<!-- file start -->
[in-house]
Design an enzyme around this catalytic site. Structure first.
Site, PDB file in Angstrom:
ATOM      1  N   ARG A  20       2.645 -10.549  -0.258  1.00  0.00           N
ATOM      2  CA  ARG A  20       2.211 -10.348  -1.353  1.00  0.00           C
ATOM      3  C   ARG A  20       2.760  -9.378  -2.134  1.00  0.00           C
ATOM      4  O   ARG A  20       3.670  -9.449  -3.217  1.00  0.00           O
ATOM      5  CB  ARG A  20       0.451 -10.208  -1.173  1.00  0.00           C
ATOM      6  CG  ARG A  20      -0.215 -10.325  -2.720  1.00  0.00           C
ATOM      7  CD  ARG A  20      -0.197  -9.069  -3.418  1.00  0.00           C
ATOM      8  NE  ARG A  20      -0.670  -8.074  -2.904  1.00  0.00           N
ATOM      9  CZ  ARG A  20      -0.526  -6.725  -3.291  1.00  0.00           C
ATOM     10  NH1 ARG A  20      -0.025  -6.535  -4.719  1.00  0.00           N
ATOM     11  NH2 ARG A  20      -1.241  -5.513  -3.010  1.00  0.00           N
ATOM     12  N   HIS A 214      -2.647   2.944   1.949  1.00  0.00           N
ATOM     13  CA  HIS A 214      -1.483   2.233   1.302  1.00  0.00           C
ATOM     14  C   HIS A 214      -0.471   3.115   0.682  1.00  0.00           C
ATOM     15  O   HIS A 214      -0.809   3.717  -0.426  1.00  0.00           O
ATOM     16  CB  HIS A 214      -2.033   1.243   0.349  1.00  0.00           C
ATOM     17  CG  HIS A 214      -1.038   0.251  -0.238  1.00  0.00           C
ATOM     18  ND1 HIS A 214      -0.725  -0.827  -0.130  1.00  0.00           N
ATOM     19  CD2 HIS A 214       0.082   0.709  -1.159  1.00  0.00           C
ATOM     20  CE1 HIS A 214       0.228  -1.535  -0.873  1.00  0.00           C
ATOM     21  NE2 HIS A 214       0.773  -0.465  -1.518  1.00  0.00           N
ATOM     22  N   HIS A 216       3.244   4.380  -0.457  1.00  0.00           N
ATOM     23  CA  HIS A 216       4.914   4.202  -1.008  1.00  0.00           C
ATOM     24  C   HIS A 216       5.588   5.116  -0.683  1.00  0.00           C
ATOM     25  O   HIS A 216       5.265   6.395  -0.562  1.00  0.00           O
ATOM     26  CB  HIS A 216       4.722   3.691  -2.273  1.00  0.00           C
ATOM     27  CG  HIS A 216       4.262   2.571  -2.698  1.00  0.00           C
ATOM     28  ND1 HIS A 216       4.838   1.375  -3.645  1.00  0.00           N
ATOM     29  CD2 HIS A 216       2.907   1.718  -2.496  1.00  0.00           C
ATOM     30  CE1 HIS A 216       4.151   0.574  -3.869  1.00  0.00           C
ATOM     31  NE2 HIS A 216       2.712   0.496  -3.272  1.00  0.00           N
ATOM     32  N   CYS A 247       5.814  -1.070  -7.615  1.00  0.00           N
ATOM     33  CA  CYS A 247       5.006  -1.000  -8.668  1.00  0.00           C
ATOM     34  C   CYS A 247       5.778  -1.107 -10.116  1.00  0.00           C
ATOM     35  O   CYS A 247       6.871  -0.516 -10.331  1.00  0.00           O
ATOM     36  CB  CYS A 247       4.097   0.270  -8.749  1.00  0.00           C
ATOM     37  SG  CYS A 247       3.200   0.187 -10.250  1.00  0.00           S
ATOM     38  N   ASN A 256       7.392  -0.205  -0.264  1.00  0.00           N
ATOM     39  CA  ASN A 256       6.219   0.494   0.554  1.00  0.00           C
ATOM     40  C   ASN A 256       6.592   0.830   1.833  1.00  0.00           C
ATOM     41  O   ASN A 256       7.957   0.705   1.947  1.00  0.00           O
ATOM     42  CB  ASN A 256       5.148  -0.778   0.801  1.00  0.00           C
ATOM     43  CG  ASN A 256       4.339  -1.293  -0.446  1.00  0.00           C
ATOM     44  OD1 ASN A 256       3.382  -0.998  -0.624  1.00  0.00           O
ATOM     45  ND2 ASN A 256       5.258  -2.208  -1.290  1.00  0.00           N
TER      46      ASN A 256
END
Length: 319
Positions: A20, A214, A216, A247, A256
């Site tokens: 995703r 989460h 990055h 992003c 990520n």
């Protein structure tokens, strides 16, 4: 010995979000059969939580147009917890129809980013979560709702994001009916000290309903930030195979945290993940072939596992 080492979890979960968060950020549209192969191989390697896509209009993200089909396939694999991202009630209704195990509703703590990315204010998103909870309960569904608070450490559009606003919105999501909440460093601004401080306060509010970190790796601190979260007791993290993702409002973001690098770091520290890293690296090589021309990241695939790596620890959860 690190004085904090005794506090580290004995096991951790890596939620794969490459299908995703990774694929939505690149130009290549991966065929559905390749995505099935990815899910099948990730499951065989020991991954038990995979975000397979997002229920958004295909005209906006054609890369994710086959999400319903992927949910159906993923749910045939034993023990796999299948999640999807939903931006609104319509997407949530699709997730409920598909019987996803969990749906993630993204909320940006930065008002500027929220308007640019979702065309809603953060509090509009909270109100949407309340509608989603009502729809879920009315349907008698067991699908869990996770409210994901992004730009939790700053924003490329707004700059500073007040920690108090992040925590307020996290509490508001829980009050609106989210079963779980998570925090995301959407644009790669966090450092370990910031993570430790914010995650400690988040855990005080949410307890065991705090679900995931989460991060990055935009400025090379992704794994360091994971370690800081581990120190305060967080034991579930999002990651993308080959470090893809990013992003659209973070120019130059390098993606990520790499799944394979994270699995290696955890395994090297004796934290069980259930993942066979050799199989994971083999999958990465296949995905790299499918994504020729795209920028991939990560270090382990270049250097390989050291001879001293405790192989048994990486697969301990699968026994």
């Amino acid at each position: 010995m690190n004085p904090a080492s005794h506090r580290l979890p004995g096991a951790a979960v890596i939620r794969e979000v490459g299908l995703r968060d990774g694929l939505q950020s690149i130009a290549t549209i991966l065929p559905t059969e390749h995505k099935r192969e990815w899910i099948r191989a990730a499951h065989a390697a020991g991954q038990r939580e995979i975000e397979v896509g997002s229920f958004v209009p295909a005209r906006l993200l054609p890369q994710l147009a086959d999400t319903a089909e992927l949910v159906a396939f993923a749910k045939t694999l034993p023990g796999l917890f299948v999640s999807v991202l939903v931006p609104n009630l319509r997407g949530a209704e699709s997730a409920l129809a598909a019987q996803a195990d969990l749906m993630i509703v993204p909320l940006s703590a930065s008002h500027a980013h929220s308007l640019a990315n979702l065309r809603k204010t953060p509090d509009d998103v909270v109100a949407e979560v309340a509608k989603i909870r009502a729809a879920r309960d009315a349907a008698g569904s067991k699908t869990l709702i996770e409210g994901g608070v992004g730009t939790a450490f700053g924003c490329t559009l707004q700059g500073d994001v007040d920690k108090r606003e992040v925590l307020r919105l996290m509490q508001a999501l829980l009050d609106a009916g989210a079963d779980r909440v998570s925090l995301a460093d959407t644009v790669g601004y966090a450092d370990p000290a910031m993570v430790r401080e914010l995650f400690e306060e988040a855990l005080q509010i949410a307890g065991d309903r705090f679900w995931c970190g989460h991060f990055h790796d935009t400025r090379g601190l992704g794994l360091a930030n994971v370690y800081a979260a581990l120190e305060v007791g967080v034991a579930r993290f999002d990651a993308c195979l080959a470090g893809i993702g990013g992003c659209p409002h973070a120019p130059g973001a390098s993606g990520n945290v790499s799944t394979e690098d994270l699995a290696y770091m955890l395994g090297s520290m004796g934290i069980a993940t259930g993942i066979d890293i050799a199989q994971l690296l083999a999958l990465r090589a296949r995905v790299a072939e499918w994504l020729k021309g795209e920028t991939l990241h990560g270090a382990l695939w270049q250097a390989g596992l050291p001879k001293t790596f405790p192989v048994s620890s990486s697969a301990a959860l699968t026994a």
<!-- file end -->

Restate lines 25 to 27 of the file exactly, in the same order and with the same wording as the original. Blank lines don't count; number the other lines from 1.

ATOM     22  N   HIS A 216       3.244   4.380  -0.457  1.00  0.00           N
ATOM     23  CA  HIS A 216       4.914   4.202  -1.008  1.00  0.00           C
ATOM     24  C   HIS A 216       5.588   5.116  -0.683  1.00  0.00           C